Researchers develop a new method that can be utilized for converting wet biological wastes into diesel-compatible fuel.
Researchers are working on producing renewable engine fuels that are compatible with existing diesel fuel infrastructure. During this study, researchers developed a method to convert wet biowaste, such as swine manure and food scraps, into a fuel that can be blended with diesel and that shares diesel's combustion efficiency and emissions profile.
Brajendra K. Sharma, co-author of the study said, “The demonstration that fuels produced from wet waste can be used in engines is a huge step forward for the development of sustainable liquid fuels.” Around 79 million dry tons of wet biowaste is produced annually in the U.S. from food processing industries and animal production. The amount of water present in these wastes is a major hurdle to extract energy from the wastes.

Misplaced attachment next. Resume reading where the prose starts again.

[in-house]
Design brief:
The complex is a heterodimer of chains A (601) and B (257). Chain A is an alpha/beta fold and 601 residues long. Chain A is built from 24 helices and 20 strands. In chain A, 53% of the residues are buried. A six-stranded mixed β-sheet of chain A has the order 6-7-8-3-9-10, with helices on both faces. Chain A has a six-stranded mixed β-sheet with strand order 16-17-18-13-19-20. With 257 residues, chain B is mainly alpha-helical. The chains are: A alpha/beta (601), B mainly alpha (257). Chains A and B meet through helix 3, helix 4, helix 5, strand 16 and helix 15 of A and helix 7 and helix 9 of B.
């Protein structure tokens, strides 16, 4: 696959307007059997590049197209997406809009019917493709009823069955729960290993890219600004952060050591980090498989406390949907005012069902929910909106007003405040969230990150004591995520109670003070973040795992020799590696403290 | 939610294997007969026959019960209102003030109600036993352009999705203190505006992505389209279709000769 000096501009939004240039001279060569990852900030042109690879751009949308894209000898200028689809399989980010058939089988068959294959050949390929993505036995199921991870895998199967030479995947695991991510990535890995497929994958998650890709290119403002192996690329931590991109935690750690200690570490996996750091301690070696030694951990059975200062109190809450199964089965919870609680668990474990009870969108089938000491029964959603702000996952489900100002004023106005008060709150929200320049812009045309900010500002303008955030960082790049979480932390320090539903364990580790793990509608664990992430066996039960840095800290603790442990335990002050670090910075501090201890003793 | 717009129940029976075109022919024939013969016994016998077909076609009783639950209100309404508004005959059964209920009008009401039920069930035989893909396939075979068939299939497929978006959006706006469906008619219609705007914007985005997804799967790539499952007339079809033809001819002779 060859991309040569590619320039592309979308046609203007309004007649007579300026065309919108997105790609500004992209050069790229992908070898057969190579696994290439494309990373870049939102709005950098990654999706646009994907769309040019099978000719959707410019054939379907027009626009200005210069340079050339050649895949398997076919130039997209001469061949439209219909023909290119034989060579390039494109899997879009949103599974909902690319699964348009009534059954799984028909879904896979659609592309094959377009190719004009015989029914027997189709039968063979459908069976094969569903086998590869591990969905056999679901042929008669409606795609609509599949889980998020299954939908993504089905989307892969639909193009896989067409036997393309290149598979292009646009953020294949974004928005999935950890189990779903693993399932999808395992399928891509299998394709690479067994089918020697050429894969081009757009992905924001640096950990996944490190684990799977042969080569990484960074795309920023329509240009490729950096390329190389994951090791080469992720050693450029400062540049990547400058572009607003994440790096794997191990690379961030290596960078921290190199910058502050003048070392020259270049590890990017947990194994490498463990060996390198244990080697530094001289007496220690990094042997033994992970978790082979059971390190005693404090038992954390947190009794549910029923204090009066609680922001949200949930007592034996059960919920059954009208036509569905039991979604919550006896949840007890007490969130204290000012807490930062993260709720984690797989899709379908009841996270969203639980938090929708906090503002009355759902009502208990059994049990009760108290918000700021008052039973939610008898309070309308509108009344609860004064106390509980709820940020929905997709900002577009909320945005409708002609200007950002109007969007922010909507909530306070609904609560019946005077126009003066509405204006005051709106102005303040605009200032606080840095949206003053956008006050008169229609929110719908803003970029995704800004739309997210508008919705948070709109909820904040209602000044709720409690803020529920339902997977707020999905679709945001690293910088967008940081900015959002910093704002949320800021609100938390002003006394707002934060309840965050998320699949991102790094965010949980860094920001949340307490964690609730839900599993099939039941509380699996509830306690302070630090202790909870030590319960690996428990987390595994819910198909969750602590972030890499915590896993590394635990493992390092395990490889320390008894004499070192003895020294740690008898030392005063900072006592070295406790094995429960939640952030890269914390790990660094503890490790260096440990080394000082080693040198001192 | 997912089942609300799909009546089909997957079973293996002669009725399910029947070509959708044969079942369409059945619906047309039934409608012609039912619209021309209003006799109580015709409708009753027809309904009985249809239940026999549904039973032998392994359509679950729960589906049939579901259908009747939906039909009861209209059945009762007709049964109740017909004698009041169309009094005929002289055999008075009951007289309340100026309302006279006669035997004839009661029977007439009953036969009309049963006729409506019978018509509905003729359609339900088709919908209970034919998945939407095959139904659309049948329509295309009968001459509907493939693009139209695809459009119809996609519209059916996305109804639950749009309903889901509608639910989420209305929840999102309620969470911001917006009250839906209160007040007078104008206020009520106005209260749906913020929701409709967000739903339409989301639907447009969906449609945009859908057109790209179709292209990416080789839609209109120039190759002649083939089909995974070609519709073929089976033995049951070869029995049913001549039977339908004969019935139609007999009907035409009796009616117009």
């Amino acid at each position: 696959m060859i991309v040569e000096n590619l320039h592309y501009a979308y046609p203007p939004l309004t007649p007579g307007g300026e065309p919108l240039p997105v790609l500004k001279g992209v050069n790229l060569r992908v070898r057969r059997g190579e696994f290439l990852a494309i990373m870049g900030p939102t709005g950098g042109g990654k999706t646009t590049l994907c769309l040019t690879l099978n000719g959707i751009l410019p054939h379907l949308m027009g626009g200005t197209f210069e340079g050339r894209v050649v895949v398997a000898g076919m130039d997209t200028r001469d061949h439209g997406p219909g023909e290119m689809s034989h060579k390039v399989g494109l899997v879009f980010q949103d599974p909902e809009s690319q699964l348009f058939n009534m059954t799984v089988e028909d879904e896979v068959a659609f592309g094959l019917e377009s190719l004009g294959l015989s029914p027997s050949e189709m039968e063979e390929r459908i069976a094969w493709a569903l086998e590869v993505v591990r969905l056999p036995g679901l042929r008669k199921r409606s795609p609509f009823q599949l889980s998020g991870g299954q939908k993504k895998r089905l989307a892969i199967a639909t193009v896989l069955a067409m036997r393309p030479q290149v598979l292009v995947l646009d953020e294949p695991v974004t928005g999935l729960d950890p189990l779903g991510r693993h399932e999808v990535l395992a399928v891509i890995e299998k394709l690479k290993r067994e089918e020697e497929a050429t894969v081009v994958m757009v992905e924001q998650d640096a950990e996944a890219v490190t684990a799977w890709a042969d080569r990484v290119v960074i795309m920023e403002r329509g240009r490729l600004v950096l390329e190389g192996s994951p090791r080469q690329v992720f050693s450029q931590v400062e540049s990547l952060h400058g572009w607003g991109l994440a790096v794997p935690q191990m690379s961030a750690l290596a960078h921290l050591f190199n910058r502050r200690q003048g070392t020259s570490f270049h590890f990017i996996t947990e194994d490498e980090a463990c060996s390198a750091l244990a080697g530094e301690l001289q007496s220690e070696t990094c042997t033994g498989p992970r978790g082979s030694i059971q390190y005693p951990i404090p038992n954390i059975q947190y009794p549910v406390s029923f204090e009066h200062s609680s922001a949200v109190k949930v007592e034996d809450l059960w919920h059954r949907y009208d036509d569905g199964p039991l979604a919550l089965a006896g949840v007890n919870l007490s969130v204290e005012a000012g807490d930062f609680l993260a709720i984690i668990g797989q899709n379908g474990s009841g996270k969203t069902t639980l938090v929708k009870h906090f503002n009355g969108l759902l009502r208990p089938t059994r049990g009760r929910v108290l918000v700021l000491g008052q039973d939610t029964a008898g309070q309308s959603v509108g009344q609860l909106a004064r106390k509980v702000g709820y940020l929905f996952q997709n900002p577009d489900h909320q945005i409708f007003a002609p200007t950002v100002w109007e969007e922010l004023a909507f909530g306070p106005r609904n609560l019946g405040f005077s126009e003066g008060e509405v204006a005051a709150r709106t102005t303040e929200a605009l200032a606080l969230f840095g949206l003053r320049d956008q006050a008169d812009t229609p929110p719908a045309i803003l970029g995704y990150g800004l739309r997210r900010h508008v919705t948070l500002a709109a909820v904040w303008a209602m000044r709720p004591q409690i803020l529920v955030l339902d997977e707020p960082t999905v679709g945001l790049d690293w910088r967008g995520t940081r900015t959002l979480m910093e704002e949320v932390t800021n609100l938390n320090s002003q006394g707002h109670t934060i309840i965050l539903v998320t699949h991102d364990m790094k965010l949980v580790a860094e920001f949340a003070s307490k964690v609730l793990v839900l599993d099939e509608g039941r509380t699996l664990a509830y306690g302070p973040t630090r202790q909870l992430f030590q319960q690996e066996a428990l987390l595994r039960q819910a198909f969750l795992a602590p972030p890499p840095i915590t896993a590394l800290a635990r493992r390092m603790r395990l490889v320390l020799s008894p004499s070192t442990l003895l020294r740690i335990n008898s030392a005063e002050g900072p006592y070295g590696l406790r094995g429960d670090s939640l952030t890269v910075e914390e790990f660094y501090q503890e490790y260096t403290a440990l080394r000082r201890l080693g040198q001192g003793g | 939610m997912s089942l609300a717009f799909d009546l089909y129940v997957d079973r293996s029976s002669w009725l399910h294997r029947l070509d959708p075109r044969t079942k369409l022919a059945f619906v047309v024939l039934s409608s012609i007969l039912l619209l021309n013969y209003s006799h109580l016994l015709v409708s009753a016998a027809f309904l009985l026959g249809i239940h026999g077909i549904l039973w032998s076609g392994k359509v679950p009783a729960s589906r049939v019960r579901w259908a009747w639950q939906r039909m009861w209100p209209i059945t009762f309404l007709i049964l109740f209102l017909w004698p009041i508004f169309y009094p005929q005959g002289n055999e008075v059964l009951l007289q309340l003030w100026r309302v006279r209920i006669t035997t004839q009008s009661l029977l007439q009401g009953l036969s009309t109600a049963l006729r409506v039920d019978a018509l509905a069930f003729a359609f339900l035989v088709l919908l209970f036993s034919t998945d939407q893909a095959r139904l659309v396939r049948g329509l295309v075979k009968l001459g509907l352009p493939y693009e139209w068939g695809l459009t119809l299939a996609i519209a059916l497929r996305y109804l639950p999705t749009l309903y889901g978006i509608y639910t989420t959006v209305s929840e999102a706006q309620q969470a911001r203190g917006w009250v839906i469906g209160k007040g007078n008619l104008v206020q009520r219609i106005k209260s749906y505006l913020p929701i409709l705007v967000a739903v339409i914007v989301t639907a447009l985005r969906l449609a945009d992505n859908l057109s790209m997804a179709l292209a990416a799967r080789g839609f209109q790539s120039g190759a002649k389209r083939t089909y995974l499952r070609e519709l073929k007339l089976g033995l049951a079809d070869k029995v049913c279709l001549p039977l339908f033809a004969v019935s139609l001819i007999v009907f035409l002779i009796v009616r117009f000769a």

A potential solution to this problem is hydrothermal liquification. This method uses water as the reaction medium and converts even nonlipid (nonfatty) biowaste components into biocrude oil that can be further processed into engine fuels. In this study, distillation was combined with a process known as esterification to convert the most promising fractions of distilled biocrude into a liquid fuel that can be blended with diesel. A pilot-scale HTL reactors was developed by the research team to produce the biocrude oil for upgrading.
Furthermore, the team is building a pilot-scale reactor that can be mounted on a mobile trailer and one which has the capacity to process one ton of biowaste and produce 30 gallons of biocrude oil per day.